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The SECURE 2.0 Act of 2022 makes it easier to accumulate retirement savings at every stage of the financial journey. But the Act also took steps to potentially enhance retirement savings for those close to or in retirement. Required minimum distributions (RMDs) can be burdensome from both an income and a tax planning perspective. The Act creates some breathing room by extending the age at which RMDs kick in and builds in some opportunities to prepare a multi-year plan to maximize income and minimize taxes.
Understanding Required Minimum Distributions (RMDs)
Currently, retirement savings that were contributed to tax-deferred accounts, such as 401(k)s and IRAs, must be withdrawn beginning at age 72. The goal of RMDs is to ensure that taxes are paid on the funds. The amounts are determined by a formula that includes the account balance at the end of the previous year and a life expectancy factor published by the IRS. This can result in the RMD increasing over time.
- Removing increasingly larger amounts from savings can lower overall growth, particularly in down markets
- Withdrawing funds for RMDs can reduce portfolio diversification
- RMDs can create higher income, which can bump you into a higher tax bracket
Changes to RMDs in the Secure 2.0 Act
The SECURE 2.0 Act raises the age at which RMDs begin to 75, but it does so in a two-stage process. The first stage gives retirees nearing age 72 a window to take advantage of lower asset values. For those in early retirement, the second stage expands the time to undertake financial and tax planning strategies.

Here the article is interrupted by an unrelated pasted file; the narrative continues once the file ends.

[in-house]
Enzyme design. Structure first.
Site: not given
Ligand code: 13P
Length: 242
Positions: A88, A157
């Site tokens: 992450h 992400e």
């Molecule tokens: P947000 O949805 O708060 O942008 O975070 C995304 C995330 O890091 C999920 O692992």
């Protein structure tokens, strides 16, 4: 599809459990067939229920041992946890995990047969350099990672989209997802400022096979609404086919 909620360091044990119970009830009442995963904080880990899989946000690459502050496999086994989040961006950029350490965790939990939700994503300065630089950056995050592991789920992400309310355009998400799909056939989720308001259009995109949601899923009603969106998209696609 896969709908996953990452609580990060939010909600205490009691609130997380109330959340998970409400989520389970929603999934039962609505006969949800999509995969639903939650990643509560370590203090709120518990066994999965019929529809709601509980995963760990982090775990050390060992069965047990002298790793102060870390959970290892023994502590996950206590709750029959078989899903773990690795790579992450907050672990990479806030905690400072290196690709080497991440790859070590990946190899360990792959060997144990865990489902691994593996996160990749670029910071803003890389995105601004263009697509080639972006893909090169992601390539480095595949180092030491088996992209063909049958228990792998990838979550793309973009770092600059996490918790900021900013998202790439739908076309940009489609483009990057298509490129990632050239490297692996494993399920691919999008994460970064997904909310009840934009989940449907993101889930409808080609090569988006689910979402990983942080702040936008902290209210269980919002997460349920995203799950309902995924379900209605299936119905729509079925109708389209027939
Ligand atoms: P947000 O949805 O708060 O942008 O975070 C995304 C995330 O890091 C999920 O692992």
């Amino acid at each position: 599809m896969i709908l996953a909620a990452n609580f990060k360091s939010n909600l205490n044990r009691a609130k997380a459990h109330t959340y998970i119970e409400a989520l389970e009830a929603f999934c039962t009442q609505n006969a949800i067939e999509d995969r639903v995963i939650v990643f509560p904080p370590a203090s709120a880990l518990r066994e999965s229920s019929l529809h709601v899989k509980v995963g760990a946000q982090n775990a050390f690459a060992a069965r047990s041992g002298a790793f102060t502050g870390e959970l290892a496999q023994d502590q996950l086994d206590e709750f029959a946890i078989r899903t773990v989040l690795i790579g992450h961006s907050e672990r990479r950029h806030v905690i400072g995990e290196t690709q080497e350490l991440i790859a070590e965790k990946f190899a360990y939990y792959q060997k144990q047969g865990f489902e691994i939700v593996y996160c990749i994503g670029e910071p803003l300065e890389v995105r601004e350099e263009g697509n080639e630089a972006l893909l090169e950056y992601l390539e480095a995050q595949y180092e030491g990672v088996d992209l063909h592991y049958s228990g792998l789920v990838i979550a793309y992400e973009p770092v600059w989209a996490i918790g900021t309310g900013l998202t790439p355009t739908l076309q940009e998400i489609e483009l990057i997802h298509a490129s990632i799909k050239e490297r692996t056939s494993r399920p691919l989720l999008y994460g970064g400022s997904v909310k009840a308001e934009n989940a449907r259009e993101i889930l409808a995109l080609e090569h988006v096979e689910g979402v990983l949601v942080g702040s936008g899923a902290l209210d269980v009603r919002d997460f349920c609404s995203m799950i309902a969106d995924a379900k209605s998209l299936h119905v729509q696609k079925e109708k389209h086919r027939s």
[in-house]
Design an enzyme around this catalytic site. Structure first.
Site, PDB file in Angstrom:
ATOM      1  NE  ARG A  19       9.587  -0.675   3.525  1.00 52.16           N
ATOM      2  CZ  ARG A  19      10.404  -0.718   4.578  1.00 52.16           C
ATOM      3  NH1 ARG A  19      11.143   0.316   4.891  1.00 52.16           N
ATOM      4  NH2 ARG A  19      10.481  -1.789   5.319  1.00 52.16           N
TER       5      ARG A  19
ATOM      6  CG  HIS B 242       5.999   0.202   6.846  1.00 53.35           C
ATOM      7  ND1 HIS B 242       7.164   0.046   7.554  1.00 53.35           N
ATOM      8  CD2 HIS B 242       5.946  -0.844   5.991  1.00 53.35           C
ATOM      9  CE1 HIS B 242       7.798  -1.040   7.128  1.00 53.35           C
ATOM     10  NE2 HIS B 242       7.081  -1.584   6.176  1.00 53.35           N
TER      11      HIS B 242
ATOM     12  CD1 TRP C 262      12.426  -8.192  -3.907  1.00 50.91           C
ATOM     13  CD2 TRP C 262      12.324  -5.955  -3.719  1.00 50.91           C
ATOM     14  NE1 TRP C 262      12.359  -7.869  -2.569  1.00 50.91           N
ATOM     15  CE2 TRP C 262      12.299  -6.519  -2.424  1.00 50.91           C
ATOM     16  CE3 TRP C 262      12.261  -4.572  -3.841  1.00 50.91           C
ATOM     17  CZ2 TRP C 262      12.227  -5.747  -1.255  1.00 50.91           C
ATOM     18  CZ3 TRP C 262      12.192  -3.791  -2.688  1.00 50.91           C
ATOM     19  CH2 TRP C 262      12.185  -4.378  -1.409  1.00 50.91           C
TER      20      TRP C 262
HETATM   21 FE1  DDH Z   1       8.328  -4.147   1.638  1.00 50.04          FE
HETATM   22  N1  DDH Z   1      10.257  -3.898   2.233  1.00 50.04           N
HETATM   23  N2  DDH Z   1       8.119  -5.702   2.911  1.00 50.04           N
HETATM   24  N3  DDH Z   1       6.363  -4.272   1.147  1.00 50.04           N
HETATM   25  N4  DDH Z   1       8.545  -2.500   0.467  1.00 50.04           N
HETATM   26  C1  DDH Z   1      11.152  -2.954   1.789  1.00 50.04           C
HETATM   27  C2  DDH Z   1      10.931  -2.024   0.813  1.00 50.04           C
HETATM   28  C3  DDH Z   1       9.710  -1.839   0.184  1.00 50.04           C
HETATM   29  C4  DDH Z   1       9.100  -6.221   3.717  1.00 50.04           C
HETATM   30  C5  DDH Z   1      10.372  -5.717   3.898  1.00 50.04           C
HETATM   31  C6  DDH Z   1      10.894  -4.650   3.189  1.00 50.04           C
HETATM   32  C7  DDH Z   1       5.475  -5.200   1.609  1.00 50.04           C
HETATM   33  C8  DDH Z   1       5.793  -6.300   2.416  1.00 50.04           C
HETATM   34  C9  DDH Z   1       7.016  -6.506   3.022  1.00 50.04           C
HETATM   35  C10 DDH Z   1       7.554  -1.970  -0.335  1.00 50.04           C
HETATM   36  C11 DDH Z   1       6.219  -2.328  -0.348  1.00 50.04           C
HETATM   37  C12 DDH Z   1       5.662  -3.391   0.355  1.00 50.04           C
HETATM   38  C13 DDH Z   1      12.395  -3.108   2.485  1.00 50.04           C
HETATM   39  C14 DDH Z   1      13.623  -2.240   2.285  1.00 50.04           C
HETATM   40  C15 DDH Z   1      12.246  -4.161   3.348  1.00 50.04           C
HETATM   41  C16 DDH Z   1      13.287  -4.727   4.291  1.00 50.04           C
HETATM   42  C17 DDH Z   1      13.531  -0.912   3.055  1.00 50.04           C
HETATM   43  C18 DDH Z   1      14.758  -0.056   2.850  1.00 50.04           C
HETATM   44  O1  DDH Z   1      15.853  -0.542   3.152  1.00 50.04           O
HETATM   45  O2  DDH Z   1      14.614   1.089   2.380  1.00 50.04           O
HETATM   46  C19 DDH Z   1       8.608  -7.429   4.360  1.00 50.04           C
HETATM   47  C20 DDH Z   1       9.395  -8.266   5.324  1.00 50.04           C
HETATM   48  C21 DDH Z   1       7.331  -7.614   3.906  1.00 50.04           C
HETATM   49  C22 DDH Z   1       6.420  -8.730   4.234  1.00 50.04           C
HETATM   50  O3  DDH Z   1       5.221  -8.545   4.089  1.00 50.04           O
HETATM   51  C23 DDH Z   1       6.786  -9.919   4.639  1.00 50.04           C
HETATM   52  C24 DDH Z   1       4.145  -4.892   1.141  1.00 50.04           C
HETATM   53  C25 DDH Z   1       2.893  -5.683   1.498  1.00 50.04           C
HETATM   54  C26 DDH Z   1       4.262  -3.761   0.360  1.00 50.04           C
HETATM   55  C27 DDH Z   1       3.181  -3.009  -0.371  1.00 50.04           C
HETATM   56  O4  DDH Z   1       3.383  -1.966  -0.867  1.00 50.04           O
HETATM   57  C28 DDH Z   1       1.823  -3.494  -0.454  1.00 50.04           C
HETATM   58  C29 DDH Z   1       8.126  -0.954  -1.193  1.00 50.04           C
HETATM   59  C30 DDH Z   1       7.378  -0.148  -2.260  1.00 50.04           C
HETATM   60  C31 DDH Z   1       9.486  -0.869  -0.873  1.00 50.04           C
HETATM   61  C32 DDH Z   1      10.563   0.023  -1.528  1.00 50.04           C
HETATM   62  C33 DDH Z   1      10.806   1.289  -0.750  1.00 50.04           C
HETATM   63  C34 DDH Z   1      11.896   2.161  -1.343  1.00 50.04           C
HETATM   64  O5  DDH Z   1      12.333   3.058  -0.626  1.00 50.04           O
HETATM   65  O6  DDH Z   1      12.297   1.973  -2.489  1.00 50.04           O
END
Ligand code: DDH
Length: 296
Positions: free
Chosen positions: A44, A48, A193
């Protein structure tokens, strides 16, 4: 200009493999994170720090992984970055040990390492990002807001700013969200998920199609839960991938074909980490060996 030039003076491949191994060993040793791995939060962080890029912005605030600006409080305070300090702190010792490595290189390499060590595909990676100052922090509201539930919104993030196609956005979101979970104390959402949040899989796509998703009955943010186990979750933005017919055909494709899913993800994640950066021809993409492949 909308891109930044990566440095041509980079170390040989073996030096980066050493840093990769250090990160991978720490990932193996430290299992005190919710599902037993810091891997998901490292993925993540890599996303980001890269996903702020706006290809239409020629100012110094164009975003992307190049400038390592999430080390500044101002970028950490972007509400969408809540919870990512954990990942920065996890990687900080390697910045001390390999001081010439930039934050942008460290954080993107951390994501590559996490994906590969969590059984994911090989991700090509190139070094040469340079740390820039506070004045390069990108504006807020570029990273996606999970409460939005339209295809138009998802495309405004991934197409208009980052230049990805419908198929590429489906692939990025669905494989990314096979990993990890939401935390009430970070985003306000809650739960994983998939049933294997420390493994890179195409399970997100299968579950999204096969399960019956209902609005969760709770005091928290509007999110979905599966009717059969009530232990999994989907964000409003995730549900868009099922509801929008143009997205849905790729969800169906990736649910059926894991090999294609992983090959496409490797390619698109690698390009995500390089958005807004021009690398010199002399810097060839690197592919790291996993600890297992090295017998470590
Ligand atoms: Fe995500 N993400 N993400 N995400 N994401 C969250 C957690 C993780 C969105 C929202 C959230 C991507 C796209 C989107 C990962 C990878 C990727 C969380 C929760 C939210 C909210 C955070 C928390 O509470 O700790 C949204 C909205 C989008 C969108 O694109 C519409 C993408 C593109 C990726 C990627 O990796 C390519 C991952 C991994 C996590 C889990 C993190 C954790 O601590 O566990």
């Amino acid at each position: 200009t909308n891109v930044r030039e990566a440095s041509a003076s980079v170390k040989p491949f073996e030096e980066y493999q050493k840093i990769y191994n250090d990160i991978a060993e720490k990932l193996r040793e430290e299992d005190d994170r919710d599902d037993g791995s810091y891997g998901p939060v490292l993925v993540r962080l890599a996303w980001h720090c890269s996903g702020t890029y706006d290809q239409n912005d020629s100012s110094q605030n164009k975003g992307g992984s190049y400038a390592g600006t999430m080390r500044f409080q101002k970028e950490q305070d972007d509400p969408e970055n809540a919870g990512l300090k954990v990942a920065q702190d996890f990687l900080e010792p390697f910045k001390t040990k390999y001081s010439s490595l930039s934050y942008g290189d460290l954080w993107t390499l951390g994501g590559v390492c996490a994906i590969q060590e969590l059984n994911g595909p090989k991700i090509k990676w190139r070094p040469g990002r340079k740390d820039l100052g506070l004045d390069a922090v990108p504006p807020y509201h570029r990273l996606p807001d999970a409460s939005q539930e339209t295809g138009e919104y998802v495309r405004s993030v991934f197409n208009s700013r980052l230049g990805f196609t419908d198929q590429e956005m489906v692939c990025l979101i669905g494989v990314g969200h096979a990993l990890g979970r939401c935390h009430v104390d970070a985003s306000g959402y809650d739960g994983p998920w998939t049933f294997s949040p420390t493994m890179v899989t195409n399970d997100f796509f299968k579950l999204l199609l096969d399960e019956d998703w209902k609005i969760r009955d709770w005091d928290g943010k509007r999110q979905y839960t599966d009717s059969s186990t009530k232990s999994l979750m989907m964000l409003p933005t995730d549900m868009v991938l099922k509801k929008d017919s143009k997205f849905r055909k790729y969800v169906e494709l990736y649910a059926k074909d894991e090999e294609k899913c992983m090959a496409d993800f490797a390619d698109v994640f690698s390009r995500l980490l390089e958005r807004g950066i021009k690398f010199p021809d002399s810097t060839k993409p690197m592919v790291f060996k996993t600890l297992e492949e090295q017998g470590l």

Beginning in 2023, the age for RMDs is 73. Using the extra year to convert to a Roth account while market values are lower means that the tax liability will be smaller, and more funds can be converted. This will lower the value of the tax-deferred account, minimizing subsequent RMDs and creating more control over income – and tax brackets. The amounts converted to a Roth account will grow tax-free and will not be subject to RMDs.
Beginning in 2033, the age for RMDs jumps to 75. For those in early retirement, the extra years before RMDs kick in can offer additional opportunities to optimize income and taxes throughout retirement. Having additional time can allow for:
- Delaying social security to maximize benefits. Living expenses can be withdrawn from the tax-deferred accounts
- A more gradual Roth conversion timeline that allows for tax planning
- Time for strategic planning of taxable income events, such as asset sales
What Happens if You Don’t Take a Required Distribution?
The current penalty for failing to take distribution is 50% of the amount shortfall amount. The SECURE 2.0 Act changes this to 25%, and if you take the full amount by the end of the second year after it was due, the penalty is reduced to 10%.
The Bottom Line?
The tax benefits of saving into tax-deferred accounts become a tax liability when the savings amassed have to be withdrawn in retirement. The sweet spot for a Roth conversion is before RMDs kick in, and having a few more years to enact thoughtful strategies can mean more flexibility around both income and taxes.
While the greatest benefit is for people who have several years before reaching age 73, having an extra year when asset values have declined provides an opportunity to convert funds to a tax-free account and lower the value of tax-deferred 401(k)s and IRAs subject to RMDs